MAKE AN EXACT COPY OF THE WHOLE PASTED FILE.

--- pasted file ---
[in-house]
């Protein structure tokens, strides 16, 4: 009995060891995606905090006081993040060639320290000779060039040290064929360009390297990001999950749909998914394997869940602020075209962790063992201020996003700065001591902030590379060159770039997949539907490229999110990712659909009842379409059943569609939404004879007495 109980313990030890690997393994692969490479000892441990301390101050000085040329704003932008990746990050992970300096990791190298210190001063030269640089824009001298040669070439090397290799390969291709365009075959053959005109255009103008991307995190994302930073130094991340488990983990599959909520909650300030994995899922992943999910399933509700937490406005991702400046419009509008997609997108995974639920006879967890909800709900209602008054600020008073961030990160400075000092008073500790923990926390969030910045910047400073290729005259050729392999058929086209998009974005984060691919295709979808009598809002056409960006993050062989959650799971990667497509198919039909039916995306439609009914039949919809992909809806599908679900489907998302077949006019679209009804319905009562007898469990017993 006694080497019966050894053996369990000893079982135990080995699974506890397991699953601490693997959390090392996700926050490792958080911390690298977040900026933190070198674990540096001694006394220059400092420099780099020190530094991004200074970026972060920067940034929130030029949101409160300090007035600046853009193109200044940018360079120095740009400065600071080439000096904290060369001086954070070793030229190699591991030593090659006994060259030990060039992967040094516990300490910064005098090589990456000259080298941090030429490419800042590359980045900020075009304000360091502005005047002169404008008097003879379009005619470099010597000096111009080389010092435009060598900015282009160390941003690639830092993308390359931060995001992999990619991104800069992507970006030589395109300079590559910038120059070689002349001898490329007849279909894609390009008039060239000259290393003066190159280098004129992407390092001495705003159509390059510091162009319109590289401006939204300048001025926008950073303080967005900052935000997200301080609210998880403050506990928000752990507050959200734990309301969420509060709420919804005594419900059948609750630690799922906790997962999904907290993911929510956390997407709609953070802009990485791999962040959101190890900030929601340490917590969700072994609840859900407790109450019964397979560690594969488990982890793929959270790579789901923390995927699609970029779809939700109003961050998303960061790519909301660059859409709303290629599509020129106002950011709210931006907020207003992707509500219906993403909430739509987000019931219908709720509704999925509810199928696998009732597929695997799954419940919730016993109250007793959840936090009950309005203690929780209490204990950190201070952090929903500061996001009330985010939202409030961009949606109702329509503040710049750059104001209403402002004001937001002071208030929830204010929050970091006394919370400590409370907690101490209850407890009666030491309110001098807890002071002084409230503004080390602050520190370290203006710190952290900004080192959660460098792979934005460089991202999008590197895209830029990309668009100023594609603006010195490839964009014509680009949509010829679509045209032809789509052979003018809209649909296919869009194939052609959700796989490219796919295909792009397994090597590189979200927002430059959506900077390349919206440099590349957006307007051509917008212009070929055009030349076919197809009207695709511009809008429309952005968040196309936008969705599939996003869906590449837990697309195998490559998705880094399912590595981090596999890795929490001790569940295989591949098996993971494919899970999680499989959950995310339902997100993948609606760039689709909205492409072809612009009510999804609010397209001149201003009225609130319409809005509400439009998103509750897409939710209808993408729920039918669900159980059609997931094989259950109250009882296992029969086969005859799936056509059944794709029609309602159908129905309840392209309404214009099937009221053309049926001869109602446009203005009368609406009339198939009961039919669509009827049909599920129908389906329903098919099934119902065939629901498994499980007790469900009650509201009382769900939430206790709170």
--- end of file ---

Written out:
[in-house]
């Protein structure tokens, strides 16, 4: 009995060891995606905090006081993040060639320290000779060039040290064929360009390297990001999950749909998914394997869940602020075209962790063992201020996003700065001591902030590379060159770039997949539907490229999110990712659909009842379409059943569609939404004879007495 109980313990030890690997393994692969490479000892441990301390101050000085040329704003932008990746990050992970300096990791190298210190001063030269640089824009001298040669070439090397290799390969291709365009075959053959005109255009103008991307995190994302930073130094991340488990983990599959909520909650300030994995899922992943999910399933509700937490406005991702400046419009509008997609997108995974639920006879967890909800709900209602008054600020008073961030990160400075000092008073500790923990926390969030910045910047400073290729005259050729392999058929086209998009974005984060691919295709979808009598809002056409960006993050062989959650799971990667497509198919039909039916995306439609009914039949919809992909809806599908679900489907998302077949006019679209009804319905009562007898469990017993 006694080497019966050894053996369990000893079982135990080995699974506890397991699953601490693997959390090392996700926050490792958080911390690298977040900026933190070198674990540096001694006394220059400092420099780099020190530094991004200074970026972060920067940034929130030029949101409160300090007035600046853009193109200044940018360079120095740009400065600071080439000096904290060369001086954070070793030229190699591991030593090659006994060259030990060039992967040094516990300490910064005098090589990456000259080298941090030429490419800042590359980045900020075009304000360091502005005047002169404008008097003879379009005619470099010597000096111009080389010092435009060598900015282009160390941003690639830092993308390359931060995001992999990619991104800069992507970006030589395109300079590559910038120059070689002349001898490329007849279909894609390009008039060239000259290393003066190159280098004129992407390092001495705003159509390059510091162009319109590289401006939204300048001025926008950073303080967005900052935000997200301080609210998880403050506990928000752990507050959200734990309301969420509060709420919804005594419900059948609750630690799922906790997962999904907290993911929510956390997407709609953070802009990485791999962040959101190890900030929601340490917590969700072994609840859900407790109450019964397979560690594969488990982890793929959270790579789901923390995927699609970029779809939700109003961050998303960061790519909301660059859409709303290629599509020129106002950011709210931006907020207003992707509500219906993403909430739509987000019931219908709720509704999925509810199928696998009732597929695997799954419940919730016993109250007793959840936090009950309005203690929780209490204990950190201070952090929903500061996001009330985010939202409030961009949606109702329509503040710049750059104001209403402002004001937001002071208030929830204010929050970091006394919370400590409370907690101490209850407890009666030491309110001098807890002071002084409230503004080390602050520190370290203006710190952290900004080192959660460098792979934005460089991202999008590197895209830029990309668009100023594609603006010195490839964009014509680009949509010829679509045209032809789509052979003018809209649909296919869009194939052609959700796989490219796919295909792009397994090597590189979200927002430059959506900077390349919206440099590349957006307007051509917008212009070929055009030349076919197809009207695709511009809008429309952005968040196309936008969705599939996003869906590449837990697309195998490559998705880094399912590595981090596999890795929490001790569940295989591949098996993971494919899970999680499989959950995310339902997100993948609606760039689709909205492409072809612009009510999804609010397209001149201003009225609130319409809005509400439009998103509750897409939710209808993408729920039918669900159980059609997931094989259950109250009882296992029969086969005859799936056509059944794709029609309602159908129905309840392209309404214009099937009221053309049926001869109602446009203005009368609406009339198939009961039919669509009827049909599920129908389906329903098919099934119902065939629901498994499980007790469900009650509201009382769900939430206790709170």